Social Theory and Practice 35 (4):597-622 (2009)

Mark Tunick
Florida Atlantic University
New technologies of surveillance such as Global Positioning Systems (GPS) are increasingly used as convenient substitutes for conventional means of observation. Recent court decisions hold that the government may, without a warrant, use a GPS to track a vehicle’s movements in public places without violating the 4th Amendment, as the vehicle is in plain view and no reasonable expectation of privacy is violated. This emerging consensus of opinions fails to distinguish the unreasonable expectation that we not be seen in public, from the reasonable expectation that we not be followed. Drawing on a critical discussion of the plain view doctrine, analysis of privacy interests in public places, and distinguishing privacy from property interests, the article contends that government use of GPS to track our movements should require a warrant.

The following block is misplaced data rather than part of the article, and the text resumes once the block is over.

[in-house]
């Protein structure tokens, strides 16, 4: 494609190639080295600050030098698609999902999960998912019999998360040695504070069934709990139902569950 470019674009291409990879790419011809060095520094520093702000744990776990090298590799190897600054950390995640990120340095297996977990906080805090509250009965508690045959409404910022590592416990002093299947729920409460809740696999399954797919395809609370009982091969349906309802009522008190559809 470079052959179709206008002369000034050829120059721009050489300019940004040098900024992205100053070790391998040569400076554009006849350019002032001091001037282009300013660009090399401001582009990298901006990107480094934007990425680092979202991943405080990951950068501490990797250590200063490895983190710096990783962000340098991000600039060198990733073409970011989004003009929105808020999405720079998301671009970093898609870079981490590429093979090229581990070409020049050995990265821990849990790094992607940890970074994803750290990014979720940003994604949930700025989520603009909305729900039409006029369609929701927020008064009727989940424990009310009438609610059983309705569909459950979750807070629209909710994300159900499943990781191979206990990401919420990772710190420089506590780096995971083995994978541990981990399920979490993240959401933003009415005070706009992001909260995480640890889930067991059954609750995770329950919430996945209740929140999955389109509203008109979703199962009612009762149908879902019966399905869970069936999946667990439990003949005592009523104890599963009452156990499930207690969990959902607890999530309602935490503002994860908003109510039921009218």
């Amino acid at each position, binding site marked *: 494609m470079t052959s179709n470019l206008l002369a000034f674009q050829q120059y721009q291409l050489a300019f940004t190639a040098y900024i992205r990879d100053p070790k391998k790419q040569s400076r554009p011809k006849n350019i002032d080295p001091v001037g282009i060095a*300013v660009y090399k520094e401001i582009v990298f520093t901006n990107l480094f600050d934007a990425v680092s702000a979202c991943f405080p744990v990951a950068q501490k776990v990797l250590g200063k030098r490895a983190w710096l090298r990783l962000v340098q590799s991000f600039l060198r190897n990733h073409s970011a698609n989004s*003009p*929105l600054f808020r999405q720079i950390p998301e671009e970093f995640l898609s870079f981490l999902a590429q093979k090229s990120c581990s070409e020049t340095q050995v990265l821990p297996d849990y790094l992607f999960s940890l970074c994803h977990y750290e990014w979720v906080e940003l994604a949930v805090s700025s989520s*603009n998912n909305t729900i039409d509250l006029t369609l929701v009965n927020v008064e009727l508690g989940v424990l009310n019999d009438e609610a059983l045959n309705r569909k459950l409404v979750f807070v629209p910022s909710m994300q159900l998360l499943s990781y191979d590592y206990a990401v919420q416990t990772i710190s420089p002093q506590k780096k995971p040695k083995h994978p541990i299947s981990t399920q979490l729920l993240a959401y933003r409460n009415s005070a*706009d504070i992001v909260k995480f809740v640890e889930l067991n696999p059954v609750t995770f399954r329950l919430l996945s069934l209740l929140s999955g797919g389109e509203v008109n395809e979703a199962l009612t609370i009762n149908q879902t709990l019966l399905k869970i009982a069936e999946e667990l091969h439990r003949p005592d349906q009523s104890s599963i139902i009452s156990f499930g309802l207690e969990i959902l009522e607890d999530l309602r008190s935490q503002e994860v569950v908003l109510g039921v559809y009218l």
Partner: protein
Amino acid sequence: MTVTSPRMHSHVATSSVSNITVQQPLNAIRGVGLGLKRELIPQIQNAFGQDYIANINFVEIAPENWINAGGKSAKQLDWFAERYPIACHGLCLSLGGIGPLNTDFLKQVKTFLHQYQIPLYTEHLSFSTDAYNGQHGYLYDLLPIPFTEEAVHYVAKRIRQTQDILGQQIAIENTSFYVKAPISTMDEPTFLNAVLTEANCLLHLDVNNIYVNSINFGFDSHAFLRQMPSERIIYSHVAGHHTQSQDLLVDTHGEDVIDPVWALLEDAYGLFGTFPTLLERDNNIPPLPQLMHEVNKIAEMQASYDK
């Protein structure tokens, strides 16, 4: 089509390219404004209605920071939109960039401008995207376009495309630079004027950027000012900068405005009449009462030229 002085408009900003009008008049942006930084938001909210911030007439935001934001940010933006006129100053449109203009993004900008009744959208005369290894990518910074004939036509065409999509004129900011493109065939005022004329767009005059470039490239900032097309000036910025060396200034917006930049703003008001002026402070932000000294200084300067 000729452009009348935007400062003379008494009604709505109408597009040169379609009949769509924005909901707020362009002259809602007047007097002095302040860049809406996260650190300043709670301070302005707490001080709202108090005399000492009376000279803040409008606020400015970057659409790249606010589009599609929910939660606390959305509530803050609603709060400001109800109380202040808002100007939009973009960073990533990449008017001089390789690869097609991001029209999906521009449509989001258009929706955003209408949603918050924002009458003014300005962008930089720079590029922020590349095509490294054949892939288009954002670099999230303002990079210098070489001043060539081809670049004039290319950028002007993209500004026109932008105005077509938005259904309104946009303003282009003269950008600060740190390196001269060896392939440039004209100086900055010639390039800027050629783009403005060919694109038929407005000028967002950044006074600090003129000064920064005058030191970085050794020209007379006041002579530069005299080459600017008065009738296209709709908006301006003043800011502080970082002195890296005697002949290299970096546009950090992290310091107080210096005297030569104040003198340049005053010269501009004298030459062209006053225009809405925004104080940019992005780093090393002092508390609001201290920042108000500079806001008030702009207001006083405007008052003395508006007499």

Keywords Privacy
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ISBN(s) 0037-802X
DOI 10.5840/soctheorpract200935434
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References found in this work BETA

Freedom From Fear.Robert E. Goodin & Frank Jackson - 2007 - Philosophy and Public Affairs 35 (3):249–265.
The Grounds of Welfare.Jules L. Coleman - 2003 - Yale Law Journal 112:1511.
Does Privacy Undermine Community.Mark Tunick - 2001 - Journal of Value Inquiry 35 (4):517-534.
Privacy in the Face of New Technologies of Surveillance.Mark Tunick - 2000 - Public Affairs Quarterly 14 (3):259-277.

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